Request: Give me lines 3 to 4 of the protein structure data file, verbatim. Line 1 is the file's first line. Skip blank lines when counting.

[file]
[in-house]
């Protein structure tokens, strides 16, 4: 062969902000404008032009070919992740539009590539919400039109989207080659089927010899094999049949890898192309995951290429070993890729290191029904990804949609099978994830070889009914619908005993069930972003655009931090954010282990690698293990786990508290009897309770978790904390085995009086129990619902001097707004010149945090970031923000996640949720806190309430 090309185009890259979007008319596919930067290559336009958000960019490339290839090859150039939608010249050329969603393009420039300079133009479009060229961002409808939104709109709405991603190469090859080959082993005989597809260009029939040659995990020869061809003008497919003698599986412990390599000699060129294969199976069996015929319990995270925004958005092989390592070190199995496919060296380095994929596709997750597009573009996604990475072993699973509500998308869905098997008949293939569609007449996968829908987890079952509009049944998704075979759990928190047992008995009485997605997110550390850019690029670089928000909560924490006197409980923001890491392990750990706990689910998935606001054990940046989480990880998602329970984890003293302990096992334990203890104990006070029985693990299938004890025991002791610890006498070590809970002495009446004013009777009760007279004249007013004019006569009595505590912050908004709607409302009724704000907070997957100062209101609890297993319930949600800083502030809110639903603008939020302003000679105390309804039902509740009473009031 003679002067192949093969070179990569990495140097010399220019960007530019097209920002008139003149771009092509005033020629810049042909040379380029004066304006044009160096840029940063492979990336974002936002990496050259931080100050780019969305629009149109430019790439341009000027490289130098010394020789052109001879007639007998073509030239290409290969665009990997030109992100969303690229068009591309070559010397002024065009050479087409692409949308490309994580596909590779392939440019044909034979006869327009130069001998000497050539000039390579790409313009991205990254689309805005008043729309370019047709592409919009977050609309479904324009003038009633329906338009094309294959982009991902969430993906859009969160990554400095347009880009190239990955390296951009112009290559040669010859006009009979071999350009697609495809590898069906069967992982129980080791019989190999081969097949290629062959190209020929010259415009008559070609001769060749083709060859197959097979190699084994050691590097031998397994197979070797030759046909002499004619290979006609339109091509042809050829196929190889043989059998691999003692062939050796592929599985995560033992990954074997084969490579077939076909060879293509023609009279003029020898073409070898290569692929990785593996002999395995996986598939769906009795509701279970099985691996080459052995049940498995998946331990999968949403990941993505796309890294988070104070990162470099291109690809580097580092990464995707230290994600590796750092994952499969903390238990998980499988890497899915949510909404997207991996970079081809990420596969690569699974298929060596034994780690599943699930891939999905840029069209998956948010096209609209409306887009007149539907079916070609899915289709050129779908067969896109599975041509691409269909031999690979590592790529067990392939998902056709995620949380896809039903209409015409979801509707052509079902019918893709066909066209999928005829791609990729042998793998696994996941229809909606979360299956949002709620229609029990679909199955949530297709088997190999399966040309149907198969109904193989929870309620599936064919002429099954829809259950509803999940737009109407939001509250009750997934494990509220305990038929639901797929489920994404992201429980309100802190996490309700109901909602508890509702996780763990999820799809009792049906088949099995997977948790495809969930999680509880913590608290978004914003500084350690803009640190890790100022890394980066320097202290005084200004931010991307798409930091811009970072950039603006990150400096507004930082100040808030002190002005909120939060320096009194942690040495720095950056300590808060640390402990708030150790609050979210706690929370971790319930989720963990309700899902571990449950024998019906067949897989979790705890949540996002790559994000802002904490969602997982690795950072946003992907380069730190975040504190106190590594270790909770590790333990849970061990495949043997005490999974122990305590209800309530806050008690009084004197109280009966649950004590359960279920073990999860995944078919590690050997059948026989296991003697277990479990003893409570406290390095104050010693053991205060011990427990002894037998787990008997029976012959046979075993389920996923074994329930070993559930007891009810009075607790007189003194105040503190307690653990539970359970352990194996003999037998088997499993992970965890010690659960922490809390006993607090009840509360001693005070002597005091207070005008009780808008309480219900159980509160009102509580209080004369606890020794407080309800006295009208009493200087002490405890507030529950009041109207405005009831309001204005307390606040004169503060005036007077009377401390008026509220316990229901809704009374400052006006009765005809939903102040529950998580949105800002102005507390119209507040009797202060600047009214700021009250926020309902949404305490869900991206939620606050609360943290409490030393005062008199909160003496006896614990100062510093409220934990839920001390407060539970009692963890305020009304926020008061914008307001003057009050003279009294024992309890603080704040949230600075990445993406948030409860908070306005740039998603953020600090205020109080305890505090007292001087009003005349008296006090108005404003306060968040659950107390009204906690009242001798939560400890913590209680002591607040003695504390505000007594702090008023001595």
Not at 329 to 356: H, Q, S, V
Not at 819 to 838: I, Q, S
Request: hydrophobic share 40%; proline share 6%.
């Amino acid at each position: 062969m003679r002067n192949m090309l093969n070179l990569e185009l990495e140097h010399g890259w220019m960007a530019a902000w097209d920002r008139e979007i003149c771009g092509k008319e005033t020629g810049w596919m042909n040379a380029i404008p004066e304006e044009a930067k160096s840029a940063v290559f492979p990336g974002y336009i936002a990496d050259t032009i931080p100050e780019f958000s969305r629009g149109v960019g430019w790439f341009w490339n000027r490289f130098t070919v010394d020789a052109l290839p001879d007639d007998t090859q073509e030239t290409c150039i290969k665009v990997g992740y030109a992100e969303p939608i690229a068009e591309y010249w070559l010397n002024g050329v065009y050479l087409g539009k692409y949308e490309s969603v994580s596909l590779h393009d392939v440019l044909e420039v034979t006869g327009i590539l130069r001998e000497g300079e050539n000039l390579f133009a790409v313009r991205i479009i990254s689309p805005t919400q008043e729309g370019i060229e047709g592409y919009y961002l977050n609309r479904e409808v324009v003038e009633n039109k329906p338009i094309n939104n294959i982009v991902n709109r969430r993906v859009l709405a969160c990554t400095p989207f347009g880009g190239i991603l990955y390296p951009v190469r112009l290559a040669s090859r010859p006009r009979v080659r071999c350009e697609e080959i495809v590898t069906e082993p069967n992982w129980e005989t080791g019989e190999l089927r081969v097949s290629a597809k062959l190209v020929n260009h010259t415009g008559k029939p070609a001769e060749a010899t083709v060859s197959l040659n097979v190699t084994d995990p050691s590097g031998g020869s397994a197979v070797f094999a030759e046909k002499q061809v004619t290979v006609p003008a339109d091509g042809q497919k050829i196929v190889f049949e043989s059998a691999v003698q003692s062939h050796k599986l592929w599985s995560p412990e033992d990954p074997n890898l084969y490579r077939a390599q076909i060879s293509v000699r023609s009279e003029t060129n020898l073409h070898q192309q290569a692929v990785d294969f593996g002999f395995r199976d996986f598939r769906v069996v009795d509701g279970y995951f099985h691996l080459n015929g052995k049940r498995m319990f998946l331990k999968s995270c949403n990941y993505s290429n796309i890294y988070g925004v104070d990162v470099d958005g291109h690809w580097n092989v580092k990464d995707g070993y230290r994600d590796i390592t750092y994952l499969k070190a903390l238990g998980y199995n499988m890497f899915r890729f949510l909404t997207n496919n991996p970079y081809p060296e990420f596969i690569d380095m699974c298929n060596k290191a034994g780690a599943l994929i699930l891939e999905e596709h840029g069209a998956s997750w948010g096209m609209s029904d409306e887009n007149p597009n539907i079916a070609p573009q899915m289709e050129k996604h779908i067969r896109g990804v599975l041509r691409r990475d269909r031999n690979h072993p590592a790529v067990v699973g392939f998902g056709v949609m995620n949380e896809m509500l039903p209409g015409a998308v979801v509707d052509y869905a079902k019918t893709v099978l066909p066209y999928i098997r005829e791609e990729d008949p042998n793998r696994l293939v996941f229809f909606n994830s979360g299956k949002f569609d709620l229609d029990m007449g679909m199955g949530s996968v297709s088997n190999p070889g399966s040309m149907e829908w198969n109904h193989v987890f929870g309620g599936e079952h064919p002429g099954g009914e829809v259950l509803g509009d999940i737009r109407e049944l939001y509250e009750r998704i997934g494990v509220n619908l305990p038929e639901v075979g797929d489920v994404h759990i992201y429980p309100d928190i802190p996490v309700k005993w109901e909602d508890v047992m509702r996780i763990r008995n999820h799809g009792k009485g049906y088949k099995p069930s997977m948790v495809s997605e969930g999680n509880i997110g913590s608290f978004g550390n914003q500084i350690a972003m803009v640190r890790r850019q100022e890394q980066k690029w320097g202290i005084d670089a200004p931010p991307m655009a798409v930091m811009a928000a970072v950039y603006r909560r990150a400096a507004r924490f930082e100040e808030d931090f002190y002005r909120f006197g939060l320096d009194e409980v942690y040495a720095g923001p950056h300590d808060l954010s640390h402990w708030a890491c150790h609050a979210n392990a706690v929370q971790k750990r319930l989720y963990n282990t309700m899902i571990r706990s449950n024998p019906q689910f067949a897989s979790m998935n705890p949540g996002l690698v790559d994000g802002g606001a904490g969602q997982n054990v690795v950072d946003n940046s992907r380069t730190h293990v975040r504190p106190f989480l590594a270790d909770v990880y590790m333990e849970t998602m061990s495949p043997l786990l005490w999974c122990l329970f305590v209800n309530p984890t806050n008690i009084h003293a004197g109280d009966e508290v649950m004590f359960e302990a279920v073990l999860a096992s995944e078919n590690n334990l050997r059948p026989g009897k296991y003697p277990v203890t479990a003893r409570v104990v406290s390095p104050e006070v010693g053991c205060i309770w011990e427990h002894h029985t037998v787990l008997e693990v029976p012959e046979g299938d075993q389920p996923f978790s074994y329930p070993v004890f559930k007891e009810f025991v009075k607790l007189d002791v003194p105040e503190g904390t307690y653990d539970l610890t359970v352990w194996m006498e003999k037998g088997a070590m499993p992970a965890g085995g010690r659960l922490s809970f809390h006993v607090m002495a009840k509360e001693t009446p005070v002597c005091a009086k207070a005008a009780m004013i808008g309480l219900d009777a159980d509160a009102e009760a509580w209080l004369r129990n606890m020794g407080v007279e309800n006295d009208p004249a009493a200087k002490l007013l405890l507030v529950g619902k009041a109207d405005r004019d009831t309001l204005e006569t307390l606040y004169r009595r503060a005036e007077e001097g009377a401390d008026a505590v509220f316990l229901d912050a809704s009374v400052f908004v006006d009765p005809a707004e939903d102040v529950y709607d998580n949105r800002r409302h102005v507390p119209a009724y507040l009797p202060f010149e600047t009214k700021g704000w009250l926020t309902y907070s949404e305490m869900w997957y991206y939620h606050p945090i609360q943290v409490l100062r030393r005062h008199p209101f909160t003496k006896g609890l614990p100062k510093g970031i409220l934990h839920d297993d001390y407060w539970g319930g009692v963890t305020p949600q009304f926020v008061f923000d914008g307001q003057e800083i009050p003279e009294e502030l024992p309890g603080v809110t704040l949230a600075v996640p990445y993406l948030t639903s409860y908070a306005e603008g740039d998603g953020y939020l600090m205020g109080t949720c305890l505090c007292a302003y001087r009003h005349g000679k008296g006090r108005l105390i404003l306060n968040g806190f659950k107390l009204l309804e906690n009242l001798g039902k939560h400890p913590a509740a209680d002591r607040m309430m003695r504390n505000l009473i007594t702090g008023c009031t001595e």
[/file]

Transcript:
Not at 329 to 356: H, Q, S, V
Not at 819 to 838: I, Q, S